ON THE MOVE GOVERNOR ROY COOPER APPOINTS NATALIE MACDONALD TO NORTH CAROLINA BUILDING CODE COUNCIL Dewberry, a privately held professional services firm, has announced that Natalie MacDonald, PE, has been appointed by North Carolina Governor Roy Cooper to the North Carolina Building Code Council. She was appointed alongside four other individuals in the building industry. MacDonald, who has four years of experience, is a mechanical engineer in Dewberry’s Raleigh, North Carolina, office where she works on heating, ventilation, and air-conditioning (HVAC) distribution, chilled water, and hot water systems. She has worked on a variety of building types, including, K-12, higher education, healthcare, and government facilities. MacDonald serves as the president for the Triangle chapter of the American
Society of Heating, Refrigeration, and Air- Conditioning Engineers (ASHRAE), and previously served as vice president and Chapter Technology Transfer Committee chair. “Natalie has made such an impact on the engineering industry in her short time since graduating from North Carolina State University,” says Dewberry Senior Vice President Shepard Hockaday. “Her dedication to advancingwomen and girls in STEM, contributing to professional organizations, and volunteering her time to young engineers are just a few examples of her commitment to the industry and her community. We’re thrilled for Natalie as she takes on this additional role of supporting North Carolina through her involvement with the North Carolina Building Code Council.”
MacDonald earned her bachelor’s degree in mechanical engineering from North Carolina State University (2017). She was named a Woman to Watch in HVAC in 2020 by Engineered Systems Magazine and has held many leadership positions since joining ASHRAE in 2017. Dewberry is a leading, market-facing firm with a proven history of providing professional services to a wide variety of public- and private-sector clients. Recognized for combining unsurpassed commitment to client service with deep subject matter expertise, Dewberry is dedicated to solving clients’ most complex challenges and transforming their communities. Established in 1956, Dewberry is headquartered in Fairfax, Virginia, with more than 50 locations and more than 2,000 professionals nationwide.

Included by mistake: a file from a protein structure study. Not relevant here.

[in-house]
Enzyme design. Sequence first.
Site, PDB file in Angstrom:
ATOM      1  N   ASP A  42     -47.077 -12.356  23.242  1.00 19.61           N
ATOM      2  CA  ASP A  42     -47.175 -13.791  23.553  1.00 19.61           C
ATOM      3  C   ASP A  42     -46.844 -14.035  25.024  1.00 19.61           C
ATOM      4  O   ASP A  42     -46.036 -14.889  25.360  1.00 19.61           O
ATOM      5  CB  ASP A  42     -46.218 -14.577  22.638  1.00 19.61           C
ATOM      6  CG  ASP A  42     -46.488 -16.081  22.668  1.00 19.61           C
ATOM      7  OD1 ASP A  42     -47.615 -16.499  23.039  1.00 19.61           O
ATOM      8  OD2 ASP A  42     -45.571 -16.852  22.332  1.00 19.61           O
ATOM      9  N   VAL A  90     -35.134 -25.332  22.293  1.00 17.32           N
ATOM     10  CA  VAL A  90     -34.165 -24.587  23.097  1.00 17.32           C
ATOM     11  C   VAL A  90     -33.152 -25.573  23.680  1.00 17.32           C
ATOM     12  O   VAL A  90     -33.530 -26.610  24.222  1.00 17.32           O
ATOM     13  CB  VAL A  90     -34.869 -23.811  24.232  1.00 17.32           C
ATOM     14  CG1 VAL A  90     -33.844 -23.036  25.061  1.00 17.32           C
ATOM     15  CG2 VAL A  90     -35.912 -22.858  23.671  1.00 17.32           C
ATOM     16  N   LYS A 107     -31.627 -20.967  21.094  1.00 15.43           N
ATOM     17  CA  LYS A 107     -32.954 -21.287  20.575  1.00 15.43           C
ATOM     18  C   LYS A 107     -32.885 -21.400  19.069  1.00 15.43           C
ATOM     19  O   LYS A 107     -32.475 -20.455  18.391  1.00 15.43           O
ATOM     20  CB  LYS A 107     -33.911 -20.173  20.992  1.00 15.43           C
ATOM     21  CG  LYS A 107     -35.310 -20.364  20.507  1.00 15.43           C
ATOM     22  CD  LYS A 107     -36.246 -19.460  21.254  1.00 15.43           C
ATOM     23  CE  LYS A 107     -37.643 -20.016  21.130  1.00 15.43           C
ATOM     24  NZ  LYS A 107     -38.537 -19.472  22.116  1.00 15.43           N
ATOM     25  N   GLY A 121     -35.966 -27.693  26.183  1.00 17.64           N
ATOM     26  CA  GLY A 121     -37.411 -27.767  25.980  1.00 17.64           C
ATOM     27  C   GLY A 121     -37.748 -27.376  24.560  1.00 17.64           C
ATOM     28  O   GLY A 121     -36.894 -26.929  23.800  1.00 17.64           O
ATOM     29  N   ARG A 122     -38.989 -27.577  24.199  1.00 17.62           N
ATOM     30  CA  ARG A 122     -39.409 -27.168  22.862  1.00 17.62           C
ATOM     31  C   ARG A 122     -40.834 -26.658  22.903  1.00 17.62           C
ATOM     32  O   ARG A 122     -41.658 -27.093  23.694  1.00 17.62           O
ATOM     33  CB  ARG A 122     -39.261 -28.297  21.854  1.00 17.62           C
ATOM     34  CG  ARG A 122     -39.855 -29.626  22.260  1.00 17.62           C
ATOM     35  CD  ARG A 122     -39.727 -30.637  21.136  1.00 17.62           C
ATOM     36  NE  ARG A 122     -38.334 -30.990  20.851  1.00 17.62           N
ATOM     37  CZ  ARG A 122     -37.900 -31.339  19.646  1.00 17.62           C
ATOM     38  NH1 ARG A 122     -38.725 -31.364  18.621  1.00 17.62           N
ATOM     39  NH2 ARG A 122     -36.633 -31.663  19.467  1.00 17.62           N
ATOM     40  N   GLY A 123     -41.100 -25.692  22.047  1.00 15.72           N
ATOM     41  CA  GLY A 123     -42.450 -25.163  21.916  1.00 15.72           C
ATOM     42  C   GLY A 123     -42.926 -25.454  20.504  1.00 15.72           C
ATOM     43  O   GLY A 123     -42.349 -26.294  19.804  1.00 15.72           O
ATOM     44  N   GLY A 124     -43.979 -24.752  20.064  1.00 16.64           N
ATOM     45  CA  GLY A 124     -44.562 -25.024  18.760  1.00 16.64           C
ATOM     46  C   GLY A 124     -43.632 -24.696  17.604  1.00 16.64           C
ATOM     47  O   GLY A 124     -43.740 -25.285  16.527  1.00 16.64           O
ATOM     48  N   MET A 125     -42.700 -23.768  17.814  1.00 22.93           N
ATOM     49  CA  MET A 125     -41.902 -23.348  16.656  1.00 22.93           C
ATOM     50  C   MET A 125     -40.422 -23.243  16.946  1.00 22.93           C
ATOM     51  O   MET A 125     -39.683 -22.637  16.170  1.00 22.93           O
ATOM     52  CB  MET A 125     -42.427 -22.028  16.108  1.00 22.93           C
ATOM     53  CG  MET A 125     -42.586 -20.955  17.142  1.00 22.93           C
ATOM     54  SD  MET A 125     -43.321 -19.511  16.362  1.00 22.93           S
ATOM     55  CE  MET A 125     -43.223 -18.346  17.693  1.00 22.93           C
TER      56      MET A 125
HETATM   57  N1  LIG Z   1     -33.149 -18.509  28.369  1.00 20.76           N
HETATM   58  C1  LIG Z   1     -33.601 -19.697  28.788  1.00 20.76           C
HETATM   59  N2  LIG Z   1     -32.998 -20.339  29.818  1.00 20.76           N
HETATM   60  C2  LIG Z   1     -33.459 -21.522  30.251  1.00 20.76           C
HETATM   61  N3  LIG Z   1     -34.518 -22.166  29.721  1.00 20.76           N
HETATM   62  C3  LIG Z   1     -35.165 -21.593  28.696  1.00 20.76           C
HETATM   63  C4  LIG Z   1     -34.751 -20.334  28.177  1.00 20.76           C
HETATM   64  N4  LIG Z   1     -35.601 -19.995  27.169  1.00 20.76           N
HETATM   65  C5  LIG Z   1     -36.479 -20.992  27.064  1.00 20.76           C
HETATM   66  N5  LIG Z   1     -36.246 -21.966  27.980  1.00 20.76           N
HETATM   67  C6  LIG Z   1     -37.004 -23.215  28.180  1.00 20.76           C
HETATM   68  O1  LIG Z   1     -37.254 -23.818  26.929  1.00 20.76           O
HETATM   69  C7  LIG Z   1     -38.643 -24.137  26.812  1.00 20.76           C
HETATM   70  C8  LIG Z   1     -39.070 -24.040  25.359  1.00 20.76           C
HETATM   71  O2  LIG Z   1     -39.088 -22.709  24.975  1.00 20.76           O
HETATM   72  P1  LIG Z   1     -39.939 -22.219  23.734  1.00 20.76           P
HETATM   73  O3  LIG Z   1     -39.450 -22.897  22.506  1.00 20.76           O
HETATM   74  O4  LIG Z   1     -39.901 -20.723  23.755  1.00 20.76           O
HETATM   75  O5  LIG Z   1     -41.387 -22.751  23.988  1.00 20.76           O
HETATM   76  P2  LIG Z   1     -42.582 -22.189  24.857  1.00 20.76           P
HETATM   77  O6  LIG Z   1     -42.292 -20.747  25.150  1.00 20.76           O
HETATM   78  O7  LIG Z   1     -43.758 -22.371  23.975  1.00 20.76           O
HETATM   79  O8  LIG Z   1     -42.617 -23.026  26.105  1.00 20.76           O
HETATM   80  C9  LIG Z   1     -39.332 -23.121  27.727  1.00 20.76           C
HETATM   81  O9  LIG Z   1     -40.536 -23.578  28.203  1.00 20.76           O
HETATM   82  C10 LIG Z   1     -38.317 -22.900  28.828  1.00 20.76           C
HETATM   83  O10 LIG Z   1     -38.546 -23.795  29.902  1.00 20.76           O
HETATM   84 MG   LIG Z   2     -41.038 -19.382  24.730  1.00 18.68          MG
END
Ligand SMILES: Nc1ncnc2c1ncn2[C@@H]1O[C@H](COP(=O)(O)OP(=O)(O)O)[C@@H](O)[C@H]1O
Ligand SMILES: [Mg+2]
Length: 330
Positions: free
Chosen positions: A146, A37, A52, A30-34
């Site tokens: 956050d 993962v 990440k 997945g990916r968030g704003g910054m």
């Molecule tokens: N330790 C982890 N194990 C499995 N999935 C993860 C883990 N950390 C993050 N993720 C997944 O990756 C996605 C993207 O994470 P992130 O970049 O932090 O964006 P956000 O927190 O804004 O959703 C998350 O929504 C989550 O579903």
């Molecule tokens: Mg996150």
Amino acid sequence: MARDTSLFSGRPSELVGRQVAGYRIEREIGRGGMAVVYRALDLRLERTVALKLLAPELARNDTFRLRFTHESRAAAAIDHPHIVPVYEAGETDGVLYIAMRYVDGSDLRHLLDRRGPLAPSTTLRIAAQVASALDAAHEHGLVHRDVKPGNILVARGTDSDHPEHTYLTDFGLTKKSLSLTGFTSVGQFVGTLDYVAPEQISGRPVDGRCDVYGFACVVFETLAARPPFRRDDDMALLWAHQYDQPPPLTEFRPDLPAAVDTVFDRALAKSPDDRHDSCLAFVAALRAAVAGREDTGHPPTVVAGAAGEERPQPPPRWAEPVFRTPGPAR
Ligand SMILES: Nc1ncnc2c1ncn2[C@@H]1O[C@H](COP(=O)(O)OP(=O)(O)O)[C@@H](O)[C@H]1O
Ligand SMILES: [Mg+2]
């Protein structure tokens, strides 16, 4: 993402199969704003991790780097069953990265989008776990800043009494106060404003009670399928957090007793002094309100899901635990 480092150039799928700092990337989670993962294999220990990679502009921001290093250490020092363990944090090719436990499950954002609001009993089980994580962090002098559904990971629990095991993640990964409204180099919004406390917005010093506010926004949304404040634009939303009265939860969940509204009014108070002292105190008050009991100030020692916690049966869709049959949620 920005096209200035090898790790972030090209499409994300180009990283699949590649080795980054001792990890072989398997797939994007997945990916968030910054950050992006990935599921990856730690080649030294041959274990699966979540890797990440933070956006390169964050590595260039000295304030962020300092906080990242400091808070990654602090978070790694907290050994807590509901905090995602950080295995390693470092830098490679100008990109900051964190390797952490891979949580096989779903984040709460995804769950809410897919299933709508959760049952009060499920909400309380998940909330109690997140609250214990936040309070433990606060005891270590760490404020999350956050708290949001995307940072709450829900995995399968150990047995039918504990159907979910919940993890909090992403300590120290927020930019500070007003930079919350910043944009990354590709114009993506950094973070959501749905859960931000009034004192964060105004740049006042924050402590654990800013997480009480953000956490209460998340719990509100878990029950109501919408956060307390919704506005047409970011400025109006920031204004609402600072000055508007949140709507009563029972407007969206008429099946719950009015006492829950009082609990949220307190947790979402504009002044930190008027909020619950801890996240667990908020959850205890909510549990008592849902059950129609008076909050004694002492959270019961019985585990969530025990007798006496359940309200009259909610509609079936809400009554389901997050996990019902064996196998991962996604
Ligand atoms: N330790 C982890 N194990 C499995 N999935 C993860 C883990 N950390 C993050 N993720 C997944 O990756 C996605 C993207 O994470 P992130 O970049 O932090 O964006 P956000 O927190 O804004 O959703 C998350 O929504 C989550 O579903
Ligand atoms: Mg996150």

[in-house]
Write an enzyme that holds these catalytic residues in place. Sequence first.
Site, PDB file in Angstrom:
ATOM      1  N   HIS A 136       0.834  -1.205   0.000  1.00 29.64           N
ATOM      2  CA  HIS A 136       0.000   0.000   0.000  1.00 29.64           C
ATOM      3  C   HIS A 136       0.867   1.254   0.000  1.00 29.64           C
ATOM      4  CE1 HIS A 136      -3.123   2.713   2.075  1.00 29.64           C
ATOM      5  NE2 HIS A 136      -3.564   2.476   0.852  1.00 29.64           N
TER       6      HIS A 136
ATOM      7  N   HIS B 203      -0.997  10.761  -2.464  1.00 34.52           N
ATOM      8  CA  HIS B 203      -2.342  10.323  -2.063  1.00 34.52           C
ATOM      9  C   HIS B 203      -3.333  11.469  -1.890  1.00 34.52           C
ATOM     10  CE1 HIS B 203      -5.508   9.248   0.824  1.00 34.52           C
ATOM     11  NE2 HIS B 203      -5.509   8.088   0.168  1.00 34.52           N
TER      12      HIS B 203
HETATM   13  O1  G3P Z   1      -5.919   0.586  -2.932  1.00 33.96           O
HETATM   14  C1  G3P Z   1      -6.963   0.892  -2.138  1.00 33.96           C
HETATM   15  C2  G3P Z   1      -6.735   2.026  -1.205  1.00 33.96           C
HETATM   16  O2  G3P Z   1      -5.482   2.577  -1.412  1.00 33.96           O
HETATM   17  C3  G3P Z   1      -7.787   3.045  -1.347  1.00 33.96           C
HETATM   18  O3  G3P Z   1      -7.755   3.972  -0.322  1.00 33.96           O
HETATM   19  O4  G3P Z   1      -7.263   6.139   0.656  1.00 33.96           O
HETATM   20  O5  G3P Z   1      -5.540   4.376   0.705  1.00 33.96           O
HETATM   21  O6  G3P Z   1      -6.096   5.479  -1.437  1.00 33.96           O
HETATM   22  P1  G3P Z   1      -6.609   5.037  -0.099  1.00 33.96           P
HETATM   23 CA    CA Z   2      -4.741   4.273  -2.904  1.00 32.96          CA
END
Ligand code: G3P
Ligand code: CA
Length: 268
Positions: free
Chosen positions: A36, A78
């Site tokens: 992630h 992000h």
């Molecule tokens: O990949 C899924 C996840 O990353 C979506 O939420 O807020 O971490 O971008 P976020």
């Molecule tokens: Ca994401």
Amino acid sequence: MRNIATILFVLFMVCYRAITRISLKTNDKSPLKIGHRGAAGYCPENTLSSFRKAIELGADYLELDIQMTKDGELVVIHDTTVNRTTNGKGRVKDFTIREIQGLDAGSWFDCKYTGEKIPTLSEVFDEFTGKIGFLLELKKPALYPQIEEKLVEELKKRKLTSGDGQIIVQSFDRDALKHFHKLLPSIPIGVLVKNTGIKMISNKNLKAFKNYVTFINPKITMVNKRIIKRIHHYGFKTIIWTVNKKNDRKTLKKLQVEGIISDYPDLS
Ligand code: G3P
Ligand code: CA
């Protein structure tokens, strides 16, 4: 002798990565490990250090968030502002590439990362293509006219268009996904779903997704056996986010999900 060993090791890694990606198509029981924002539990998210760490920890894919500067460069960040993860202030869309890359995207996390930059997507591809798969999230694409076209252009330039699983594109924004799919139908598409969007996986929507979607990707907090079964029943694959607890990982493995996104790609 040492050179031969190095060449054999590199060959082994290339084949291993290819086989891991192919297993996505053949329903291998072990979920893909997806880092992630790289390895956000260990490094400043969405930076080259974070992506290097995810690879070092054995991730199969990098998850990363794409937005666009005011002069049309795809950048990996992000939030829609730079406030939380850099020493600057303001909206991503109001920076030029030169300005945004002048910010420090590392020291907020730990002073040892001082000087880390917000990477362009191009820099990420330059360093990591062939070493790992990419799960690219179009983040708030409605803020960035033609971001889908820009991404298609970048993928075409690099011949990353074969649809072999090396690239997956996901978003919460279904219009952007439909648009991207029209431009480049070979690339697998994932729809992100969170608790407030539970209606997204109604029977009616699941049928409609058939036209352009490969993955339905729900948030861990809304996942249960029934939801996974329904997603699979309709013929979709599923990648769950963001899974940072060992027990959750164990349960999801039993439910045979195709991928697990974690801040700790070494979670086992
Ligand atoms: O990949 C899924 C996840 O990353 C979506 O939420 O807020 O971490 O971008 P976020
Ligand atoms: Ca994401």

If you’re convinced, then you might wonder where to start. I recommend these steps: 1. Assign a taskmaster. Someone needs to drive the discussion or decision-making for areas of focus, methods for creating tools, sharing tasks, etc. 2. Establish rules for creating, checking, and updating your tools. Place them in a shared location where they can be accessed and updated. Determine how to indicate version history, record changes, etc. Determine how they are vetted and approved. 3. Start with areas of life-safety and potential litigation. This could include jobsite safety, common code requirements, quality control reviews, etc. 4. Shift focus to areas of highest use or need. Which tools will be used frequently and provide the biggest gains in efficiency? Create or update these first for the most impact. 5. Consider one-off or less common areas of need, if you can maintain the necessary quality control over the development of these tools. 6. Continue to engage your people and revisit the process. This is an evolving task that should improve over time, but it will require the “buy-in” of your staff. 7. Focus on more important things and enjoy the returns on your investment. Matthew Poling is an associate with BASE, based out of its Florida office. Connect with him on LinkedIn and contact him at email@example.com.
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to software and many other design or construction tools. If you’re frequently “reinventing the wheel,” a standardized process of creating and reviewing tools could save you time and lead to fewer errors. For example, years ago I noticed that our engineers would often start from scratch when they began a certain type of analysis model. Other times, they would generate a template from a previous project. In the first case, time was wasted by applying our custom settings for definitions, printing, etc. In the second case, there was less transparency over which settings were carried over. As a result, I created a template file that has since saved many dozens of hours of work, with the added benefit of standardizing our inputs for better control over the process. In the past, I’ve heard criticism of over-standardization. It often came from people who, in the same breath, might have touted the advantages of the slide-rule, nostalgic for “the way we’ve always done it.” Fear of your people turning into non-thinking automatons is inaccurate and misses the point. First, our industry is getting more complicated every year. Provided they are not “black boxes,” tools that are done well can actually provide valuable instruction, while helping to reduce mistakes. Second, tools created for the most repetitive tasks empower your people to focus on bigger picture items, coordinate more, and do extensive quality control. “Often overlooked, the simple checklist is a proven tool for better outcomes, which is why they are used extensively in medicine and aviation.”
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THE ZWEIG LETTER JANUARY 3, 2022, ISSUE 1422
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